Donors increasingly like giving methods that don’t require long-term commitment, a survey commissioned by The Pennies Foundation has found. Respondents have resoundingly confirmed that not having to commit to regular donations, the ability to give small sums at the time of their choosing and to make a spontaneous decision are key factors that encourage them to donate to charity.
The survey showed that the opportunity to donate on an ‘ad hoc’ personal basis would have a positive impact on overall charitable giving, with almost three quarters (%) of all adults saying this would encourage them to donate to charity (up from 69% in 2009), while the financial flexibility of giving pennies rather than pounds would also have a positive effect on charitable giving, with 73% of respondents saying this would encourage them to donate to charity (a rise from 66% in 2009).
The current economic climate has affected how many Britons donate to charity since the economic downturn. The good news is that 96.5% of the nation do give to charity, with just 3.5% saying they do not. But, whilst 53% of the nation say they have not changed how much they give to charity, more than one in three (35%) say that they now give less as a result of the economic downturn (compared to just 8% of the nation who now give more).
The bad news is that almost one in twenty Britons (4%) say that they have stopped giving completely as a result of the downturn (peaking at 8% among 35-44 year olds).
Also, The Pennies Foundation learnt that the traditional charity boxes on shop counters are becoming less visible, and consequently donations through this method less frequent.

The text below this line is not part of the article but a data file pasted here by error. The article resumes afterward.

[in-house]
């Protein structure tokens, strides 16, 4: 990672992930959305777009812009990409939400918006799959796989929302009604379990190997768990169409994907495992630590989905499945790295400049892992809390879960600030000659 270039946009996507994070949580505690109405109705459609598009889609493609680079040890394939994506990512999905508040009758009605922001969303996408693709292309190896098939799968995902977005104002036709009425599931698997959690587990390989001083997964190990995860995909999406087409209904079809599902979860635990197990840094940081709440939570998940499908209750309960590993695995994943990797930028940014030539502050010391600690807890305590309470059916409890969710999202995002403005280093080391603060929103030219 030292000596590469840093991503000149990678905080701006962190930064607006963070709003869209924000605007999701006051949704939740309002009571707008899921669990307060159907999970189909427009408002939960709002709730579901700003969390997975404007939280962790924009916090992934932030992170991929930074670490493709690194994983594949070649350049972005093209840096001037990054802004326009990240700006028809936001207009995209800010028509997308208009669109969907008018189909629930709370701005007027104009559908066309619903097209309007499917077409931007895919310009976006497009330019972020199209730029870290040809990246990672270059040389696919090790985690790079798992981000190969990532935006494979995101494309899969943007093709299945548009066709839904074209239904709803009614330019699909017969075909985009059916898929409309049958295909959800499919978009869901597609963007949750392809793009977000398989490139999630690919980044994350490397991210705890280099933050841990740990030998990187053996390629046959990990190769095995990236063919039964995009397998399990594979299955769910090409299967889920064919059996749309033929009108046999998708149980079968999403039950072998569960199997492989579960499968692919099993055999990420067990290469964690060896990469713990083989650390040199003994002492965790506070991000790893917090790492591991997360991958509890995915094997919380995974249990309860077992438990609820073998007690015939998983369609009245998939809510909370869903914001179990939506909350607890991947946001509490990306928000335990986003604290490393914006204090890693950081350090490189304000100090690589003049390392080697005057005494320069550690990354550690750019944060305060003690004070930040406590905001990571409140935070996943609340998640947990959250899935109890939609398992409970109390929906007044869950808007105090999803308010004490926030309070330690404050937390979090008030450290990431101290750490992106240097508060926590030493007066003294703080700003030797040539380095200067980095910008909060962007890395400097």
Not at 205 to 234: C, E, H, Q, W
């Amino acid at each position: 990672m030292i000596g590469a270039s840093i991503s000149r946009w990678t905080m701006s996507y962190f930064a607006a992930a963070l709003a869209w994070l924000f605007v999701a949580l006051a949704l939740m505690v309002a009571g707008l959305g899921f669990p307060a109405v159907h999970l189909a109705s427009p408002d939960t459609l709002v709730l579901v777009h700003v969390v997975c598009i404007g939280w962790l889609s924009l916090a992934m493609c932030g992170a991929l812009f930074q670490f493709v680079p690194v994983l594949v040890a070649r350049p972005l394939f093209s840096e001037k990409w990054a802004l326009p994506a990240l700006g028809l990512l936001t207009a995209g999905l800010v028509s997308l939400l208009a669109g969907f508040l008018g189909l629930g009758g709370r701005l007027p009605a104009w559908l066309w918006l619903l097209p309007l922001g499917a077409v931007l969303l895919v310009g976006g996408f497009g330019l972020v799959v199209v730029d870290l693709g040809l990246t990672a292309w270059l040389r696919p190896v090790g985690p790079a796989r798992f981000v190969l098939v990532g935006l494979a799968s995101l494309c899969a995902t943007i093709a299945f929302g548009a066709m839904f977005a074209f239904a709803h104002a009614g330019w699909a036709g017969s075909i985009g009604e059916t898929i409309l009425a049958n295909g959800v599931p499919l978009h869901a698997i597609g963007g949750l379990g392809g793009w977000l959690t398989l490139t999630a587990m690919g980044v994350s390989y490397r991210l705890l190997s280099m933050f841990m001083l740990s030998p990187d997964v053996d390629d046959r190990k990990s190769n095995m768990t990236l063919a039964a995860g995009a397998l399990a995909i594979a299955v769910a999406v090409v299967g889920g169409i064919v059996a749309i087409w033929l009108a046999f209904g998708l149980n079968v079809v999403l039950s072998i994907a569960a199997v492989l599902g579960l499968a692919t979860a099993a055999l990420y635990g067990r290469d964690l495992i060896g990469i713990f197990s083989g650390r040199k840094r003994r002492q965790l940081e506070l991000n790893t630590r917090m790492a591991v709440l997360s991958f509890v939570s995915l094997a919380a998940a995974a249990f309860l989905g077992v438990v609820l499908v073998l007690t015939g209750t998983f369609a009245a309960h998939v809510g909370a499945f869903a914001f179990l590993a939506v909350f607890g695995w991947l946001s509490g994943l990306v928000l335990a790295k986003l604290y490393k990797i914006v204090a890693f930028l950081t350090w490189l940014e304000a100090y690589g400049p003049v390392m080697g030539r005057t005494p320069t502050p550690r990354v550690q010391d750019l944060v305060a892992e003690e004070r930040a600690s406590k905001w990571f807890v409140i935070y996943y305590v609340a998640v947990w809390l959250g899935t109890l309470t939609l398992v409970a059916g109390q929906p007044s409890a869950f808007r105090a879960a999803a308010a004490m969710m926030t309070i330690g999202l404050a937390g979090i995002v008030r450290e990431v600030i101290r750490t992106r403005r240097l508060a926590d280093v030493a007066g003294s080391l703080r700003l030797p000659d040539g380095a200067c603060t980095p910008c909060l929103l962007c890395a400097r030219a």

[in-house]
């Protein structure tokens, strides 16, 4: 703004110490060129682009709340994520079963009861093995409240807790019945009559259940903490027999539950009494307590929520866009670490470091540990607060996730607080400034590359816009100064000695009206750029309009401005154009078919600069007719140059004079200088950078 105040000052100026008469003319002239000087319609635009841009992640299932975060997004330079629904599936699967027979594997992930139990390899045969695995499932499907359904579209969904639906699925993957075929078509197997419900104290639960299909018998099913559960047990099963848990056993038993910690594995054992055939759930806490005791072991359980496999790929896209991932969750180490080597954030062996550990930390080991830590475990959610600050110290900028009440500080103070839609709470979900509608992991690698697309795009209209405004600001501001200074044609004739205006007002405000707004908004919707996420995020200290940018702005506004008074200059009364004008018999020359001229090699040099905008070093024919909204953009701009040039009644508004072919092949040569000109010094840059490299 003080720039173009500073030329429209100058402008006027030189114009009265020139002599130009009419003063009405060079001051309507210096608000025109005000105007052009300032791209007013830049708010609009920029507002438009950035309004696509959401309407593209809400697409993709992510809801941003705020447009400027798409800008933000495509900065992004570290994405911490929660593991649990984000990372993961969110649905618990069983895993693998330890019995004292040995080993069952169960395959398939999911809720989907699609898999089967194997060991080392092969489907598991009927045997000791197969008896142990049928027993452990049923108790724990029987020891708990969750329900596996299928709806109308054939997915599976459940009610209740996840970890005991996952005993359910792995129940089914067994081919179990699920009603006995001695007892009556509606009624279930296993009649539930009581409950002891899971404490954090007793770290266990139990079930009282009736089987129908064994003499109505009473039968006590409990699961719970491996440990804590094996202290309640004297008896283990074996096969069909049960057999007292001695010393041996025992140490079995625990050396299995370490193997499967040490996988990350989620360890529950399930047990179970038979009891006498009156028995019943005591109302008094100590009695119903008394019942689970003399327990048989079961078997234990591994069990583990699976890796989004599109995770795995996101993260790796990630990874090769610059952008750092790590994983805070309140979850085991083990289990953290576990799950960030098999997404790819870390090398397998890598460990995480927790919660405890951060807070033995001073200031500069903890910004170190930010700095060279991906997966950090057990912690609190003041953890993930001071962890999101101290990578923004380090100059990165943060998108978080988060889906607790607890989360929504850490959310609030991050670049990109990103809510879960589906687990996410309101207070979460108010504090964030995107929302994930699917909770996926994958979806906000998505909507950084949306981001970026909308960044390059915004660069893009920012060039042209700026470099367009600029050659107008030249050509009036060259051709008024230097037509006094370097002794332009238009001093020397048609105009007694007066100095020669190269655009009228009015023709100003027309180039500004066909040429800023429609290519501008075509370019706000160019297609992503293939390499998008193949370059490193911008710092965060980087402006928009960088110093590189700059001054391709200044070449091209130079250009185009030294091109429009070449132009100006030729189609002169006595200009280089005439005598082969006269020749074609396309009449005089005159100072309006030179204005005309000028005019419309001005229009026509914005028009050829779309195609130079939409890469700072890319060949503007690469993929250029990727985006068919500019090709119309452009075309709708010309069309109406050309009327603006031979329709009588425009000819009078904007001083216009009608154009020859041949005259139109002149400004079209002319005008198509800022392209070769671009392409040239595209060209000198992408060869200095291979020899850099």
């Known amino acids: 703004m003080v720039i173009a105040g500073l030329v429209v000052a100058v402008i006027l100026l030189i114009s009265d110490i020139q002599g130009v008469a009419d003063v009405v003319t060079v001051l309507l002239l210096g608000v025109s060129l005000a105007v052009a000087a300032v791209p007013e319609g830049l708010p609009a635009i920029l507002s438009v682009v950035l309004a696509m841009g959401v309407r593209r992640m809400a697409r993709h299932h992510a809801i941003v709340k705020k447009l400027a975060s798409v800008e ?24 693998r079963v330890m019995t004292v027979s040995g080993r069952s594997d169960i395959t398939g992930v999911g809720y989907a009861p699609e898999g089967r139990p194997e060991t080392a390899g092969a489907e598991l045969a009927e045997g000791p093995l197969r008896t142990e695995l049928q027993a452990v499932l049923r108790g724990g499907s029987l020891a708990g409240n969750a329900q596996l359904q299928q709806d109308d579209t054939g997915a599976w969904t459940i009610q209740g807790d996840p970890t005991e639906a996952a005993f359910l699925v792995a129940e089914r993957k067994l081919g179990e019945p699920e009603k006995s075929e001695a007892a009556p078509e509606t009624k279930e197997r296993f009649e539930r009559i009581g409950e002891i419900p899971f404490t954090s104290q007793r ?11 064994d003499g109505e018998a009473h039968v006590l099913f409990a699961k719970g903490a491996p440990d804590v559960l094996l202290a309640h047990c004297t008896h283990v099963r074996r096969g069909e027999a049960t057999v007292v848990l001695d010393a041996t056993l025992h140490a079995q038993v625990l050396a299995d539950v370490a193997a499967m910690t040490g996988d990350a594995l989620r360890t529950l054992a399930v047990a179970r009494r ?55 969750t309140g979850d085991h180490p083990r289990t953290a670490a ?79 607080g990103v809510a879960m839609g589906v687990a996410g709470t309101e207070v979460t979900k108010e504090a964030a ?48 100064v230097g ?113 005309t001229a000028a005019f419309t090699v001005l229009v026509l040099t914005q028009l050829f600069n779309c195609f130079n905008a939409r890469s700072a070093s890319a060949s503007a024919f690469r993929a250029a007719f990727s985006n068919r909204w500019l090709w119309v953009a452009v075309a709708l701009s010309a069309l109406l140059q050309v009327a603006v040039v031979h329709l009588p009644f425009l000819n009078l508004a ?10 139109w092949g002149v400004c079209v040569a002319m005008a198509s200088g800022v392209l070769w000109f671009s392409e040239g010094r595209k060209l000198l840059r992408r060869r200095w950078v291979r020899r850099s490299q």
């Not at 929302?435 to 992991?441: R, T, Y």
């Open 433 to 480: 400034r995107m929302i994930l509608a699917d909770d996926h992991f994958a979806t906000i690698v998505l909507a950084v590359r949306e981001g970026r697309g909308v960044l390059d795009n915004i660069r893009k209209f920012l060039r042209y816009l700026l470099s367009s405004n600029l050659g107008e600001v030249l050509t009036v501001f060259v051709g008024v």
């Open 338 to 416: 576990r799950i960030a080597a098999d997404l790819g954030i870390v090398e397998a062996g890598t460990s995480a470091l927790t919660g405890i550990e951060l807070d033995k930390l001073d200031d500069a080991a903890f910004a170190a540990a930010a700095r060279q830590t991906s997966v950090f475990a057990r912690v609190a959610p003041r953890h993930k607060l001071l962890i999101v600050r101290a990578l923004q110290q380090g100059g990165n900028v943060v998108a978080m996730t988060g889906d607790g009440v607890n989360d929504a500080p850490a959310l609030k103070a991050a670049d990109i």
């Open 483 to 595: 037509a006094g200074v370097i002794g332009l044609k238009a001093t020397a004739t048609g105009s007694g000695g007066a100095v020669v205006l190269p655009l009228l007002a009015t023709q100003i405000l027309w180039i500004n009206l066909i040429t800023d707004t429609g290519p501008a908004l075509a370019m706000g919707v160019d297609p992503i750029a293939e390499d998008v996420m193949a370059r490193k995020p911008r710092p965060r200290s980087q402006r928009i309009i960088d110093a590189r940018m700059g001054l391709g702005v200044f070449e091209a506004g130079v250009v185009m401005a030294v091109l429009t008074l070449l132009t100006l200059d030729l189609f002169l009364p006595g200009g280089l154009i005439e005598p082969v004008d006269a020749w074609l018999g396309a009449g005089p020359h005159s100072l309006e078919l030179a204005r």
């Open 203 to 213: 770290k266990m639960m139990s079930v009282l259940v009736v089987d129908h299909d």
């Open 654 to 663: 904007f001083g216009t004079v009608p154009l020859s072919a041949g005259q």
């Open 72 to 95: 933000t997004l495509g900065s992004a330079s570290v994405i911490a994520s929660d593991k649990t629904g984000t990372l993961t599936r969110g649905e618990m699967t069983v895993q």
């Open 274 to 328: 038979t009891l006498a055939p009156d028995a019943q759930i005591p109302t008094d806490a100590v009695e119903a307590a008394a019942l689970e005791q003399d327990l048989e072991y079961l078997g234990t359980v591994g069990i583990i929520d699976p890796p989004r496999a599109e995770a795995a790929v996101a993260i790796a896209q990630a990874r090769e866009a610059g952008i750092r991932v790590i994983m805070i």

More than 9 out of 10 UK adults do donate small change at least occasionally but, compared to a few years ago, the regularity of making this type of donations has waned. A significant 27% of UK adults say they donate less frequently using charity boxes at retail stores compared to 4% who say they donate more frequently, demonstrating a strong net decline.
One in five adults (21%) say they rarely see a charity box at retail stores; in fact, charity boxes are becoming less visible amongst much of the population:
- 41% say they see charity boxes less frequently than they used to
- 30% say they barely notice them at all
- 28% have seen no real change
- A modest one in ten see more boxes than they used to
These figures suggest that while donating physical pennies at the till is routine for much of the nation, the opportunity is in decline.
Pennies’ electronic charity box meets the need for a more up-to-date giving method that fits in with the faster-paced lifestyle and payments method that we all have become accustomed to. Pennies offers donors the chance to drop their ‘electronic’ pennies into the virtual charity box when they pay for their goods by card, and provides an opportunity to feel good about giving as and when the donor is inclined to do so.
(1,513 UK adults were surveyed online by independent market research company markettiers4dc in October 2010).